Harvard Law School’s International Human Rights Clinic argues that the Alien Tort Statute applies to corporations From left: Assistant Clinical Professor Susan Farbstein ’04,…

  • IHRC’s Giannini, Farbstein represent families of 2003 Bolivian massacre victims

    June 26, 2013

    On June 24, 2013, family members of those killed in government-planned massacres in Bolivia in 2003 filed an amended complaint, with extensive new allegations that the defendants, former President Gonzalo Sánchez de Lozada and former Defense Minister Carlos Sánchez Berzaín, had devised a plan to kill thousands of civilians months in advance of the violence. The family members are being represented by a team of lawyers, including Tyler Giannini and Susan Farbstein of Harvard Law School's International Human Rights Clinic,

  • Illustration

    A Question of Accountability

    October 2, 2012

    In a Supreme Court case, the International Human Rights Clinic argues that the Alien Tort Statute applies to corporations.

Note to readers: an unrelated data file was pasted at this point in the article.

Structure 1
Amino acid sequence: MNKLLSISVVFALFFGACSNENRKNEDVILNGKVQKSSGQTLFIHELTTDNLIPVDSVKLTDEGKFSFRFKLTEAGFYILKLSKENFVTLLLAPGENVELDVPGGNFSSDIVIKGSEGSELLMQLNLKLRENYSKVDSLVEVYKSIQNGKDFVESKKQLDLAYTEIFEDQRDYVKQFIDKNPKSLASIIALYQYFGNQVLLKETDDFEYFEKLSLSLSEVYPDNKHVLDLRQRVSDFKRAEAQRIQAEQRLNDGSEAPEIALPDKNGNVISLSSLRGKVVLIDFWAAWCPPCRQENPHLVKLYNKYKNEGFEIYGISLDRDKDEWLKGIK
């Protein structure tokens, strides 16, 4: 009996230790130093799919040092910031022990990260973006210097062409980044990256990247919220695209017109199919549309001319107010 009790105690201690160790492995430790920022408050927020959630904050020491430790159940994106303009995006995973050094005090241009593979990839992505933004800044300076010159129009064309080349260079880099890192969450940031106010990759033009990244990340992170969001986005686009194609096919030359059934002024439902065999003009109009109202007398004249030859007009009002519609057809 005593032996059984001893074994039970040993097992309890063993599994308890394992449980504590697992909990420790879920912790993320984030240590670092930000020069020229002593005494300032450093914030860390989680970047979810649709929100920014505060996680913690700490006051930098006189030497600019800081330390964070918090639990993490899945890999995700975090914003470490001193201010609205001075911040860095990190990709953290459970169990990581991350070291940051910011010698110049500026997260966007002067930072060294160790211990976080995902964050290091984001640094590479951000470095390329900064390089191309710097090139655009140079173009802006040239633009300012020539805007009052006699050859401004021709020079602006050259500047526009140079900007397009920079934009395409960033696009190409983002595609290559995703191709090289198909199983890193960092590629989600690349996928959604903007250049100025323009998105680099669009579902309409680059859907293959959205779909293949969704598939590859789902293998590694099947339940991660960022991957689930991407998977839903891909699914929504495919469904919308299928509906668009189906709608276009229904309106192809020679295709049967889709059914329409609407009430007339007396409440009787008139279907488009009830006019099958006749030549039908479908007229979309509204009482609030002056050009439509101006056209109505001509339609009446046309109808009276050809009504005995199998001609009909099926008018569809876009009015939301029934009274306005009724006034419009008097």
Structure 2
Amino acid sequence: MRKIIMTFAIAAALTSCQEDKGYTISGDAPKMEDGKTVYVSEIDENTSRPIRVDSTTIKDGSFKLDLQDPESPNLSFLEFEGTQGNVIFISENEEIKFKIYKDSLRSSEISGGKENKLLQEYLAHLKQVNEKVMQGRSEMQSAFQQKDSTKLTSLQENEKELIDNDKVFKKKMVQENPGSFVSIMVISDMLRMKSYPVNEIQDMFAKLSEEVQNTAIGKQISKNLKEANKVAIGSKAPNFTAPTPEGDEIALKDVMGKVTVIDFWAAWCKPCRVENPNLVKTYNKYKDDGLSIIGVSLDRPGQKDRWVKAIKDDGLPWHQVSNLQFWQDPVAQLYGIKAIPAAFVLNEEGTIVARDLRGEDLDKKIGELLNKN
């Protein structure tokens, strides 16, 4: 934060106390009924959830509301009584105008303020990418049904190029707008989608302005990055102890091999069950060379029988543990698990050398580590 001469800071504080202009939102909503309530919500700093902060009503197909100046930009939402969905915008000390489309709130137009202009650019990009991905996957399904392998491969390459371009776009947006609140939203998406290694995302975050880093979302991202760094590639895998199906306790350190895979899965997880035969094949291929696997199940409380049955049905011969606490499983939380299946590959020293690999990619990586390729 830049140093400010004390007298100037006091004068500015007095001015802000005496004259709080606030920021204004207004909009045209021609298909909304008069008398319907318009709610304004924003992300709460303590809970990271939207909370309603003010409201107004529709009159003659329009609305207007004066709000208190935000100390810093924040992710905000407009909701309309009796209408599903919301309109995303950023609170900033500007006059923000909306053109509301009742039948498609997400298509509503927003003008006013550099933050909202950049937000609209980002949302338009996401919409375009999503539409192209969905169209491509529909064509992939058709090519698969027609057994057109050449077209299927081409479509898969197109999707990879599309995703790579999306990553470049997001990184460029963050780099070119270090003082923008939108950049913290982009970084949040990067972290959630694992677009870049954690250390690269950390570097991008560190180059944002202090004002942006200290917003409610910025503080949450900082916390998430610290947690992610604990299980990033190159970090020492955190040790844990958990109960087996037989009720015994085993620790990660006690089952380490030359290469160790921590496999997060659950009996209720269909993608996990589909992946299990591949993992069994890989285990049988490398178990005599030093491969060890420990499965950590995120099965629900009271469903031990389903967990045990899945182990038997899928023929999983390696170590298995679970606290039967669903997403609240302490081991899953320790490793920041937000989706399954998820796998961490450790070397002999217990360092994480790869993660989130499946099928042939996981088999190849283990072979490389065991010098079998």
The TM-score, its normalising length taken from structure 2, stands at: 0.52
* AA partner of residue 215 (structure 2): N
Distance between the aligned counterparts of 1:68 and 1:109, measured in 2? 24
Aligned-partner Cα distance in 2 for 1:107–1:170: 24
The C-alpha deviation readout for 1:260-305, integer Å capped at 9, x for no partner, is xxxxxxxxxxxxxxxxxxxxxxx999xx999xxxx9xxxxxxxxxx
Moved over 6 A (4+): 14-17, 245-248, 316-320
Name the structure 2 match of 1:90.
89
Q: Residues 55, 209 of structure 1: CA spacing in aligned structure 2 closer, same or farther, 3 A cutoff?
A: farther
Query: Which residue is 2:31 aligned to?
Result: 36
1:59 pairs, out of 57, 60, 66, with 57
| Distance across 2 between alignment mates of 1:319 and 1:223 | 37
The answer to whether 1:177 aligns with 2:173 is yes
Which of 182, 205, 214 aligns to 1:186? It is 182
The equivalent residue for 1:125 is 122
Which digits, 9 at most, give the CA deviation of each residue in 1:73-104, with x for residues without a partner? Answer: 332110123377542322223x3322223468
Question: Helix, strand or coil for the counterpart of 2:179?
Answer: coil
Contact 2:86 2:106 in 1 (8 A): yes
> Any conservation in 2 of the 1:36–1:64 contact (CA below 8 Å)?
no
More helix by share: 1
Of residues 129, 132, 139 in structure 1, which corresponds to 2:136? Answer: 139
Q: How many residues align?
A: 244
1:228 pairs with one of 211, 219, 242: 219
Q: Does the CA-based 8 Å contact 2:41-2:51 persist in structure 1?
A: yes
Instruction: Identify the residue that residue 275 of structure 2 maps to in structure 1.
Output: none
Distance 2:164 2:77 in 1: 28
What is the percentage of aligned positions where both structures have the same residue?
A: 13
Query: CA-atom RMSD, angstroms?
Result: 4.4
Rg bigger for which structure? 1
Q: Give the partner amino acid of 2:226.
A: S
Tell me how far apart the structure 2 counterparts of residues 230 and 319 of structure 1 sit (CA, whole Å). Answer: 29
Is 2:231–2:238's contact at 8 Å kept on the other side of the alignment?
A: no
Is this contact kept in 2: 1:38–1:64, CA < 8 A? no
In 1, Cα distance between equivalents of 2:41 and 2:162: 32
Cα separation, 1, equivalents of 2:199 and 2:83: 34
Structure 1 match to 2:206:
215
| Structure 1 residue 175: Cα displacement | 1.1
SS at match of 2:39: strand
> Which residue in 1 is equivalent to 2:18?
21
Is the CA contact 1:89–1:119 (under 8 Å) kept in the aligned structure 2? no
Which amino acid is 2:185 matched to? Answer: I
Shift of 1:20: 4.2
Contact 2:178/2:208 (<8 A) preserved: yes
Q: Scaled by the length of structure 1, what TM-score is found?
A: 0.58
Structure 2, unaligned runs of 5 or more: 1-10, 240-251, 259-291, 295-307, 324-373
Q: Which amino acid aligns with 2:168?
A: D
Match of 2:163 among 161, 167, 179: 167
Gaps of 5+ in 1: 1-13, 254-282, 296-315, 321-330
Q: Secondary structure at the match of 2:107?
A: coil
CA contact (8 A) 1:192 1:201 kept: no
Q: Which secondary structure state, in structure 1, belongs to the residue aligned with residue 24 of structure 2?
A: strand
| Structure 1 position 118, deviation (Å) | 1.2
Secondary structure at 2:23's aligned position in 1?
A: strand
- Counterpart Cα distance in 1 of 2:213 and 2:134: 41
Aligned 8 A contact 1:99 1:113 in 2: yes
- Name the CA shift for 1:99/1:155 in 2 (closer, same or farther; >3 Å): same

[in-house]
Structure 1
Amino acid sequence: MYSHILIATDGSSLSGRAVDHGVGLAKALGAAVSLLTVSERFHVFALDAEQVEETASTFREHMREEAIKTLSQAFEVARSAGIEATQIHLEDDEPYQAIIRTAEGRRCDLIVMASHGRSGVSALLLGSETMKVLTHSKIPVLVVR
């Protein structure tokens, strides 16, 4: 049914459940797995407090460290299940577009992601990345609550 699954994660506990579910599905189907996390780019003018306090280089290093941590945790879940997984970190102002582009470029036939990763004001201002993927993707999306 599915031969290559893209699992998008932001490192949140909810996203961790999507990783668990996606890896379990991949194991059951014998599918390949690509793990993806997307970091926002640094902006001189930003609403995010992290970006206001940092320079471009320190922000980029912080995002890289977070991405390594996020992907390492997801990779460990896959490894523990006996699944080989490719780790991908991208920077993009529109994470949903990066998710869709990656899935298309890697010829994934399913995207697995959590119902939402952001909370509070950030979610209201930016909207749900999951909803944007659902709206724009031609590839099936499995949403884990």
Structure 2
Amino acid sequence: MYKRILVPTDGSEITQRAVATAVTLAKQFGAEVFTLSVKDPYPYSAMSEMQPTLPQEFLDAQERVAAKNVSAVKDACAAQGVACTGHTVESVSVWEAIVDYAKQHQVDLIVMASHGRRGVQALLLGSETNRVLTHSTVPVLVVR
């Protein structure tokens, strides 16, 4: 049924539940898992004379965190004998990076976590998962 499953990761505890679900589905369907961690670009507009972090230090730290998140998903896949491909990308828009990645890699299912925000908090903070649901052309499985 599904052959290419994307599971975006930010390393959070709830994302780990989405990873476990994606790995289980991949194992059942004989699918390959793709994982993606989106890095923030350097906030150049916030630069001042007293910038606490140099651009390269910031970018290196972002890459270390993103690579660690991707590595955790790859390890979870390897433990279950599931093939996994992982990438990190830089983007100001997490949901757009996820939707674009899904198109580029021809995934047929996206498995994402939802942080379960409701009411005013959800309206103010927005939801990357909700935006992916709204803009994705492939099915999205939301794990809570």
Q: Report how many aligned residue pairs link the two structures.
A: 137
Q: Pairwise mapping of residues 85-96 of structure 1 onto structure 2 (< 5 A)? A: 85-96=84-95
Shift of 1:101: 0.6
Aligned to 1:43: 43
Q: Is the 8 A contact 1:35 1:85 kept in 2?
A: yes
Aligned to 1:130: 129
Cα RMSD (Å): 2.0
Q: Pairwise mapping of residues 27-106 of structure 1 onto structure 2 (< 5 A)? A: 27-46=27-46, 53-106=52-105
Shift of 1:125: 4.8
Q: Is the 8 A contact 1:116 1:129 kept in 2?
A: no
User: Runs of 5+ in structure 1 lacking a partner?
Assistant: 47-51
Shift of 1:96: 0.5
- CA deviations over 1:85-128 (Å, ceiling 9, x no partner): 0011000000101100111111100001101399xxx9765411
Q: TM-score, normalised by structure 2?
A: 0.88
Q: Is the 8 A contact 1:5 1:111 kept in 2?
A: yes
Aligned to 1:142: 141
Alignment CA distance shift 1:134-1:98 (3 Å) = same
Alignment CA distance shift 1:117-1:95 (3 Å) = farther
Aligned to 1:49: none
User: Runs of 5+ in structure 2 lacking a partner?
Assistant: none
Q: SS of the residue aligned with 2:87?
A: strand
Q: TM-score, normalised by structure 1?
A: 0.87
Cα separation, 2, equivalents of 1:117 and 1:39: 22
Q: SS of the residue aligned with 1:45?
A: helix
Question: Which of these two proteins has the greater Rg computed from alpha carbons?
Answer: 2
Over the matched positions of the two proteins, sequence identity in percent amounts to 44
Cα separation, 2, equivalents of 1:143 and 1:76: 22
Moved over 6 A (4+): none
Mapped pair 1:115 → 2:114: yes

• Spring Break 2012: Where in the world were HLS Students?

    April 19, 2012

    During the third week in March, a number of Harvard Law students traveled around the world and to remote areas in the U.S. to offer their legal services. With funding from the Office of Clinical and Pro Bono Programs, teams of students worked with farmers in the Mississippi Delta, immigrants in Alabama and patients living with HIV/AIDS in New Orleans.

  • Susan Farbstein appointed assistant clinical professor of law

    April 18, 2012

    Susan Farbstein, a leading practitioner in the field of human rights, has been appointed assistant clinical professor of law and co-director of the International Human Rights Clinic at Harvard Law School.

  • Spring Break 2012: Where in the world were Harvard Law students?

    April 17, 2012